One popular way is to take the processor and apply a thin line of thermal compound across the middle processor. Then place the heatsink and press down. The thermal compound will spread and cover the area beneath the cores of the processor. This way, you'll have almost no bubbles, but the compound will not cover the entice contact surface. The argument for this method says that the surface beneath which the heat is produces is covered, so there is no need to cover the rest.
Another way is to use for example credit card or something similar to cover entire surface of the processor with a very thin layer of the compound. Then place a little "dot" on the middle of the processor. After that place the heatsink so that it if at all possible comes into contact with the dot first. The dot will prevent creation of bubbles and entire surface will be covered. Bad side is that it requires some work to get it done correctly and benefits of covering the entire surface are not big.
Cleaning the compound and spills:
Do not be very concerned about the spills. It's not the end of the world if they do happen. In the old days, there were conductive thermal compounds (such as Arctic Silver 3, if I remember correctly) which could cause short-circuits if spilled. Today such compounds are rare even among metallic compounds (Arctic Silver 5 is not a conductor and Arctic Cooling MX3 is silicone based and is insulator). Silicon compounds are basically insulators, so there is no danger in using them.
Cleaning the compounds:
Usually alcohol is used to clean them. In my country we use ethanol, but isopropyl (AKA 2-propanol) is also commonly used. Take a lint-free cloth and apply alcohol and rub the surface. That's the whole magic.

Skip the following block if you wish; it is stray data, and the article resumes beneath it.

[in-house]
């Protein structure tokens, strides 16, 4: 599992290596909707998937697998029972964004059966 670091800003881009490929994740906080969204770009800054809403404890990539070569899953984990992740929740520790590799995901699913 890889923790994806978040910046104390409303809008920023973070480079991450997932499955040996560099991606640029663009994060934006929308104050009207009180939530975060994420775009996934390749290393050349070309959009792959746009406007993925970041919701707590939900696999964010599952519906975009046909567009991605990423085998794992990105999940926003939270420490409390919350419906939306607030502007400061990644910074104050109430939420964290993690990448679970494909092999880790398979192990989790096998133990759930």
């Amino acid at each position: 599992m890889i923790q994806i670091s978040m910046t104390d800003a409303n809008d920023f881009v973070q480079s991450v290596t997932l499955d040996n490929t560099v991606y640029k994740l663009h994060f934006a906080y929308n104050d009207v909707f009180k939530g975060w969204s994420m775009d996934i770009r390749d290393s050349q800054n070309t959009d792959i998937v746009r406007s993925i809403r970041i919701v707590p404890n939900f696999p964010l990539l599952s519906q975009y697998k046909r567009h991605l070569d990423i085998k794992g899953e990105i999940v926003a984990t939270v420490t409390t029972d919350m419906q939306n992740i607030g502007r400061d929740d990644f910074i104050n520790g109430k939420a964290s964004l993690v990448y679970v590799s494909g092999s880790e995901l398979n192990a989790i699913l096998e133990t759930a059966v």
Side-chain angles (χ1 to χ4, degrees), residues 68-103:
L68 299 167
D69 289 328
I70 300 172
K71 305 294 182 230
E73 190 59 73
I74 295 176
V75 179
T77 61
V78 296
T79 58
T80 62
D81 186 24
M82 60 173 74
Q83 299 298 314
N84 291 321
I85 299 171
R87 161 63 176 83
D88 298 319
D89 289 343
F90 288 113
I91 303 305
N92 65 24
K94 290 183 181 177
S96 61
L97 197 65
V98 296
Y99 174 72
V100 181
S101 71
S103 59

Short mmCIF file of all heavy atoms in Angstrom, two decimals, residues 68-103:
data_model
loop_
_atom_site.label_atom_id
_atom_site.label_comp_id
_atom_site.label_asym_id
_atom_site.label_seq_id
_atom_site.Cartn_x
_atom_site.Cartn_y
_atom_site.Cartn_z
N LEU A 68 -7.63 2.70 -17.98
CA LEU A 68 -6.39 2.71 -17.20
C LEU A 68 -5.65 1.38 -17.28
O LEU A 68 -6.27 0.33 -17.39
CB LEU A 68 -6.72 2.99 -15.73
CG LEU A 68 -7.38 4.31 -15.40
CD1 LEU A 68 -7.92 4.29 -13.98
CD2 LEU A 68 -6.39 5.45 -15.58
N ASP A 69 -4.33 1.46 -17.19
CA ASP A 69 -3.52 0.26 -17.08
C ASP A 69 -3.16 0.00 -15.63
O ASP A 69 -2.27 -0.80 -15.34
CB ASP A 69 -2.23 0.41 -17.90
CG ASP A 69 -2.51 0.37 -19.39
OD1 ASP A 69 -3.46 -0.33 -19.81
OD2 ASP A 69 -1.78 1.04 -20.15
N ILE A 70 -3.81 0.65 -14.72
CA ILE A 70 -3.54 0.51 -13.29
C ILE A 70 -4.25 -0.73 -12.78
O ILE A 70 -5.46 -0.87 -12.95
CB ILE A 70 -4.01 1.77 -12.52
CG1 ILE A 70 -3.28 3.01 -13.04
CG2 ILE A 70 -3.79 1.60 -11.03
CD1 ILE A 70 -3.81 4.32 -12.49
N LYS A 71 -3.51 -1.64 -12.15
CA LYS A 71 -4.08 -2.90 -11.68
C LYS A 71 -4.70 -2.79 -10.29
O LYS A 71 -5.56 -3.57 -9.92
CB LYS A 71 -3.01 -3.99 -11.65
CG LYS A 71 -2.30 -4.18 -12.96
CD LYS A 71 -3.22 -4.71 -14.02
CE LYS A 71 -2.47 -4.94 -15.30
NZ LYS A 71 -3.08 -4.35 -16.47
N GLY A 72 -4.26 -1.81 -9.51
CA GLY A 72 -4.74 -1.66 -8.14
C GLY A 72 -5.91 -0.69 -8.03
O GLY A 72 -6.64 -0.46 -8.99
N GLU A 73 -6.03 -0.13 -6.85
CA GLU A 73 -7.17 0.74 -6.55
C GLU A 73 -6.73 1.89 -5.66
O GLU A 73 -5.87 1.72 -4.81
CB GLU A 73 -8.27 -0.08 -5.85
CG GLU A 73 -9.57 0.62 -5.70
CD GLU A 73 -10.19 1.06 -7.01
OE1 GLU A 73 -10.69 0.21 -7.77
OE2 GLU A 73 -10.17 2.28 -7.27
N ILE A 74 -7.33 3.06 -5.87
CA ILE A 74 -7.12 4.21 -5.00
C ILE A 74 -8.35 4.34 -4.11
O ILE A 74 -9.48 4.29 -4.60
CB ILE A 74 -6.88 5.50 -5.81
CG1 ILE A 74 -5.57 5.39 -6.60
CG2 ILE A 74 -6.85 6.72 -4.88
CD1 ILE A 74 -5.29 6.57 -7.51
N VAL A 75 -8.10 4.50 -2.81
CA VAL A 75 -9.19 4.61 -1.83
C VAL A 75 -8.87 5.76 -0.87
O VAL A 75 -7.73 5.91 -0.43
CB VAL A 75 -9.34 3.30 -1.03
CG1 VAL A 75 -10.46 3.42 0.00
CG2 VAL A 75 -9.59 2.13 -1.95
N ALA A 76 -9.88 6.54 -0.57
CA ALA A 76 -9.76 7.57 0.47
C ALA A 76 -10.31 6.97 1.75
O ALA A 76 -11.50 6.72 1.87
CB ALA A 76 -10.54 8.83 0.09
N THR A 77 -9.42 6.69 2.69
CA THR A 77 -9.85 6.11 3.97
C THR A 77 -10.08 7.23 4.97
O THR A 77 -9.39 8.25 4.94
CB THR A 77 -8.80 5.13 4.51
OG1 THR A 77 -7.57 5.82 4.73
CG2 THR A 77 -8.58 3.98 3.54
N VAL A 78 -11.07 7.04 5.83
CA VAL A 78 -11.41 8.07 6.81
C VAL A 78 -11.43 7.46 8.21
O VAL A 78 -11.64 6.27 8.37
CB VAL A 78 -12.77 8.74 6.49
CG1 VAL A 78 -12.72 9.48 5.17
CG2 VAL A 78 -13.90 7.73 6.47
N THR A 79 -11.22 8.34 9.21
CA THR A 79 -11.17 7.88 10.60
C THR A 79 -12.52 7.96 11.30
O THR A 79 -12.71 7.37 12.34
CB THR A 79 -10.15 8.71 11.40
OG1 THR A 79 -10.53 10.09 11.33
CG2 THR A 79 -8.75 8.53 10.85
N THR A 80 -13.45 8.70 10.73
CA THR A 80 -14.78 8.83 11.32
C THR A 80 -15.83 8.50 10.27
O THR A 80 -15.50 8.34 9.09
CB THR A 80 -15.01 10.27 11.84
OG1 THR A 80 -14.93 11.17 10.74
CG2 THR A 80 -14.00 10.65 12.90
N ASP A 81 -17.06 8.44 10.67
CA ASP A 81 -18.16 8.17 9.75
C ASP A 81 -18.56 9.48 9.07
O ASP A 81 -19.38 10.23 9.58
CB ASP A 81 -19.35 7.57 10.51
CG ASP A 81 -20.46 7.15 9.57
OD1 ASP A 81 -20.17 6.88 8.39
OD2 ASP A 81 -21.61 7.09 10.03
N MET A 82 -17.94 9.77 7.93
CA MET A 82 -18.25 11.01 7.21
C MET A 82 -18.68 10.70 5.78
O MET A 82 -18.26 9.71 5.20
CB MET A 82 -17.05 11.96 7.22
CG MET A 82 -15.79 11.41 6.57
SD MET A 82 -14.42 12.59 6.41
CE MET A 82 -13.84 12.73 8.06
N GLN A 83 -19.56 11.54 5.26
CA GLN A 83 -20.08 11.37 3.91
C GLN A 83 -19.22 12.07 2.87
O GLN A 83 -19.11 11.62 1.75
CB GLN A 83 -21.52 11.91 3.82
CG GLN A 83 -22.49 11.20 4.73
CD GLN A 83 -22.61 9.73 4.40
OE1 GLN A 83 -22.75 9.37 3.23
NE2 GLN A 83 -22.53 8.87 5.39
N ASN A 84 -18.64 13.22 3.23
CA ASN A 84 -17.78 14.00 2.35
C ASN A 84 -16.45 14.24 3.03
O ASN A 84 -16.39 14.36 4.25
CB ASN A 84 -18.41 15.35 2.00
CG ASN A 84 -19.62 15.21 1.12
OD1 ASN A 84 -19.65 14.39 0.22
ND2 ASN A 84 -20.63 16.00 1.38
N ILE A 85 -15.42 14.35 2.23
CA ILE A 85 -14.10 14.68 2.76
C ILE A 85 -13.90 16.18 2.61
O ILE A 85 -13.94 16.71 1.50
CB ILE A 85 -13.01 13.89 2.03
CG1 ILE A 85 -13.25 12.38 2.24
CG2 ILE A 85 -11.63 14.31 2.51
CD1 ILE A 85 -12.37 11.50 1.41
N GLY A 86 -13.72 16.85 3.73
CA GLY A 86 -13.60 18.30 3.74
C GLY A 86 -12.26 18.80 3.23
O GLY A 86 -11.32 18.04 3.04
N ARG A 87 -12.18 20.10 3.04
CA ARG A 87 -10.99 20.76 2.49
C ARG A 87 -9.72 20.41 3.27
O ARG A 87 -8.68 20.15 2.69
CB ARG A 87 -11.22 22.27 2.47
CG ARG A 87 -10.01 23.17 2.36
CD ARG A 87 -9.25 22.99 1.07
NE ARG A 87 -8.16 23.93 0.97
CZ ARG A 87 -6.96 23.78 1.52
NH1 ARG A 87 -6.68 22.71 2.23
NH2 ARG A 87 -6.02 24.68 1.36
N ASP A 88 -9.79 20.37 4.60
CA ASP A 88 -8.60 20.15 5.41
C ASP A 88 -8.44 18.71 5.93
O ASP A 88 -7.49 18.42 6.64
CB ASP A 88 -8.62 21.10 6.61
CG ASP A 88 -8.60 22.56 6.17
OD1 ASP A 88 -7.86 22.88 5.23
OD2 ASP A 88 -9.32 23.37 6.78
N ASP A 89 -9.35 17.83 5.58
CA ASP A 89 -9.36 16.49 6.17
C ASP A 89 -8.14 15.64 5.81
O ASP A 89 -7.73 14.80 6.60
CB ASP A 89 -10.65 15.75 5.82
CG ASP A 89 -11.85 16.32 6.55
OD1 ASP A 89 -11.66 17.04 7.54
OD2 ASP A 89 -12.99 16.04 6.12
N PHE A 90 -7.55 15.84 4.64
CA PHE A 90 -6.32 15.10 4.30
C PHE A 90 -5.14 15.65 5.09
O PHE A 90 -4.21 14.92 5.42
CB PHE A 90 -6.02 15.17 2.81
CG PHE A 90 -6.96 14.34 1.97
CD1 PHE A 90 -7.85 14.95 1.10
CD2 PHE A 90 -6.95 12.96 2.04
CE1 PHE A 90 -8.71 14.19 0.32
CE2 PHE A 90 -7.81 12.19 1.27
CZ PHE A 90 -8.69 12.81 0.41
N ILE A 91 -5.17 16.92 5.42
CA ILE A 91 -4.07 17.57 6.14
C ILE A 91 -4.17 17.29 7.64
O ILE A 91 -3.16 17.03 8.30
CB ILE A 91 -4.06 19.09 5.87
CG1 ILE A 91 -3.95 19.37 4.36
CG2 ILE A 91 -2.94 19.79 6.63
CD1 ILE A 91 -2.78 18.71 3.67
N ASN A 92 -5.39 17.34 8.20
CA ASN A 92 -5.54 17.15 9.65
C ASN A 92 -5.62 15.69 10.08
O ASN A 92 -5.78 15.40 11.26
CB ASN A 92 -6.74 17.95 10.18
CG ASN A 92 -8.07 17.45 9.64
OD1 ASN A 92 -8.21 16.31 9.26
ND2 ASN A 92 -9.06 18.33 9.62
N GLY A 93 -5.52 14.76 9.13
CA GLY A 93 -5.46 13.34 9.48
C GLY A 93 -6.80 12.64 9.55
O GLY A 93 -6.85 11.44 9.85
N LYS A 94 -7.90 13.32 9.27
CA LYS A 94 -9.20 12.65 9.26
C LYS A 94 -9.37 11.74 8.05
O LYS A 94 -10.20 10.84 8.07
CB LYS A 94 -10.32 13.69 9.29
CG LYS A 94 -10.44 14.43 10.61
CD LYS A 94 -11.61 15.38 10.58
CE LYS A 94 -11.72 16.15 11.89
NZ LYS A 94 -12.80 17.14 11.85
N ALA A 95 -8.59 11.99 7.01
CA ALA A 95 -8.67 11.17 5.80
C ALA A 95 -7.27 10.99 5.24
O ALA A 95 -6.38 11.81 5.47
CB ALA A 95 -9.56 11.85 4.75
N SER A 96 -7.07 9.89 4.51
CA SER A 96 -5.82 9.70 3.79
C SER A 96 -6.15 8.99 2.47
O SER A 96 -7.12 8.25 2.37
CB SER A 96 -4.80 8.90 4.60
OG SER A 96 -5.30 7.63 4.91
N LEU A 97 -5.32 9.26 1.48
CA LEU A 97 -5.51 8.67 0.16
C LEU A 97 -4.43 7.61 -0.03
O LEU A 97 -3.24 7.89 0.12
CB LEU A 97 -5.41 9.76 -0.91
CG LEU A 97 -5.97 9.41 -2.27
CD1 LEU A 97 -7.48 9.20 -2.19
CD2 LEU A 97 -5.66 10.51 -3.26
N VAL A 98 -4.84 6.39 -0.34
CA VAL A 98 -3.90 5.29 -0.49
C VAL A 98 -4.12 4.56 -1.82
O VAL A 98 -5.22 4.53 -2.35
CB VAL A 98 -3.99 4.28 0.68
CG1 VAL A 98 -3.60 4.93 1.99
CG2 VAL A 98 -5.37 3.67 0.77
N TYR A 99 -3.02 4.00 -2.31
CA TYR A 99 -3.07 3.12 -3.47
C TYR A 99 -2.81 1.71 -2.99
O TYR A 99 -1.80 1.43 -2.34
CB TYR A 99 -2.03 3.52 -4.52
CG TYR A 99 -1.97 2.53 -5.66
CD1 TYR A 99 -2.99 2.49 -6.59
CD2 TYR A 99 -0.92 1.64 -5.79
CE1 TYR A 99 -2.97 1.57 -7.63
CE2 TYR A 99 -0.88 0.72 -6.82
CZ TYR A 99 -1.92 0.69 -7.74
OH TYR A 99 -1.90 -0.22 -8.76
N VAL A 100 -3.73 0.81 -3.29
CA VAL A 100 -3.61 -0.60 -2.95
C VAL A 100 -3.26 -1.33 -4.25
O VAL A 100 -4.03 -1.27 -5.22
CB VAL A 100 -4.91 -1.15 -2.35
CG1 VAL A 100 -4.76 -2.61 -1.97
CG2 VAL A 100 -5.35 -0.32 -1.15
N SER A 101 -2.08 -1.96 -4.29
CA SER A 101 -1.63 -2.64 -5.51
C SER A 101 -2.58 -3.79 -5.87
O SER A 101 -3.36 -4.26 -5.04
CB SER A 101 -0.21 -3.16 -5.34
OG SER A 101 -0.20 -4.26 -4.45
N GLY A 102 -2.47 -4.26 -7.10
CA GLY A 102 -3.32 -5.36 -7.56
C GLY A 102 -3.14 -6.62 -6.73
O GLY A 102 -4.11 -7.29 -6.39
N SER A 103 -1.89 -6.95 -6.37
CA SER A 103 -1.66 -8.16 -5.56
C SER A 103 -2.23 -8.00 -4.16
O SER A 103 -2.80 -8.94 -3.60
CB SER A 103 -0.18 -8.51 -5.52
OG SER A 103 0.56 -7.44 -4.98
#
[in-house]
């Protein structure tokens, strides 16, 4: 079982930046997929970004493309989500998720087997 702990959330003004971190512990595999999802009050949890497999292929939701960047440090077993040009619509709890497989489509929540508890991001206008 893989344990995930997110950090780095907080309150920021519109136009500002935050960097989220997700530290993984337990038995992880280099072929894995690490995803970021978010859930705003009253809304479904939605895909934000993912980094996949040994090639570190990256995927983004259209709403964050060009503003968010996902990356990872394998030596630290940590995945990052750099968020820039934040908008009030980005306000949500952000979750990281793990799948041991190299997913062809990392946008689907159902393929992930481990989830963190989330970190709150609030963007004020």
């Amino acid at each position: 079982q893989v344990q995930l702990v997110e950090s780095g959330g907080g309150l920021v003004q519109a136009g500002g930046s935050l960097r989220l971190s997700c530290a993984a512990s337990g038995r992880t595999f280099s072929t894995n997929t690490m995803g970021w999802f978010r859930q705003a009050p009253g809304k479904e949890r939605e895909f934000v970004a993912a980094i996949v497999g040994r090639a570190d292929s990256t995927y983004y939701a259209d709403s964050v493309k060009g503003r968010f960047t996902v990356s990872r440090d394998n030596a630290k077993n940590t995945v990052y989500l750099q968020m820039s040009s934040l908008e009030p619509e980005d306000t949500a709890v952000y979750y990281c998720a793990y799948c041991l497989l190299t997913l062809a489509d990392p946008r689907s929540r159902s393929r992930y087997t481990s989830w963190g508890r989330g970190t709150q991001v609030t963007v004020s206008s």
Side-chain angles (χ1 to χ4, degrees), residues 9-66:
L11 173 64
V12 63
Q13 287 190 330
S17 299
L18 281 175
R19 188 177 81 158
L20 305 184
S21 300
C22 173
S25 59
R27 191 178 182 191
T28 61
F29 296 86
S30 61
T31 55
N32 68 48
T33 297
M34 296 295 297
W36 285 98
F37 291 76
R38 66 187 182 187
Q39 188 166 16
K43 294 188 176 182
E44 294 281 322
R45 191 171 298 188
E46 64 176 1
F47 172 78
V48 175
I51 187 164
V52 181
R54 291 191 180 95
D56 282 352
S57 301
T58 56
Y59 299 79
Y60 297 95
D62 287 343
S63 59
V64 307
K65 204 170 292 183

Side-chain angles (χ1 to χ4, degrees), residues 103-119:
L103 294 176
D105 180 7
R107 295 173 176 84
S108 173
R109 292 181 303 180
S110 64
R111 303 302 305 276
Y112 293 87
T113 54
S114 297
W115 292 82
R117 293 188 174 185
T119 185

Another option is to use thermal compound cleaners. I had experience with ArctiClean. It isn't as good as advertised, but I was quite happily surprised to find out that advertisements exaggerate by only a little bit. Basically drip some liquid from bottle no.1 and wait for about a minute, then clean the surface with a lint free cloth. It should be much easier to clean comparing to ethanol. Then drip some from bottle no.2 and wait for about a minute and clean with lint-free cloth. ArctiClean should also be capable of preventing corrosion from for example fingerprints which occurs of copper heatsinks and smells better that alcohol.
There should be no way for thermal compound to actually get inside the processor, so don't worry about that danger.
About motherboard touching doors:
You have several questions about motherboard touching the doors and similar, so here's quick guide on how to open the computer case:
First find out how your case is opened. On most cases, there are two doors. When looking from the front of the case, the left door should keep the interesting part of the computer closed. So place the case on the surface with right door facing down and connect the power supply to electricity. Touch a metal part of the case, then disconnect electric cable and press the power button. Now only the computer's clock should be working (It's powered by an internal battery and there is no need to disconnect it while working. If you do, you'll lose all BIOS settings.). Remove the screws holding the left door of the case and remove the door. Inside you will find the motherboard, cards, optical disk drives and so on. If you happen to find a metal plate with crews sticking put of it, you opened the wrong door. Put it back and open the other one.
The only danger which doors represent to motherboard of shut down computer is mechanical damage. If the door touches the motherboard, nothing should happen. Just don't drop the door or other objects inside the computer.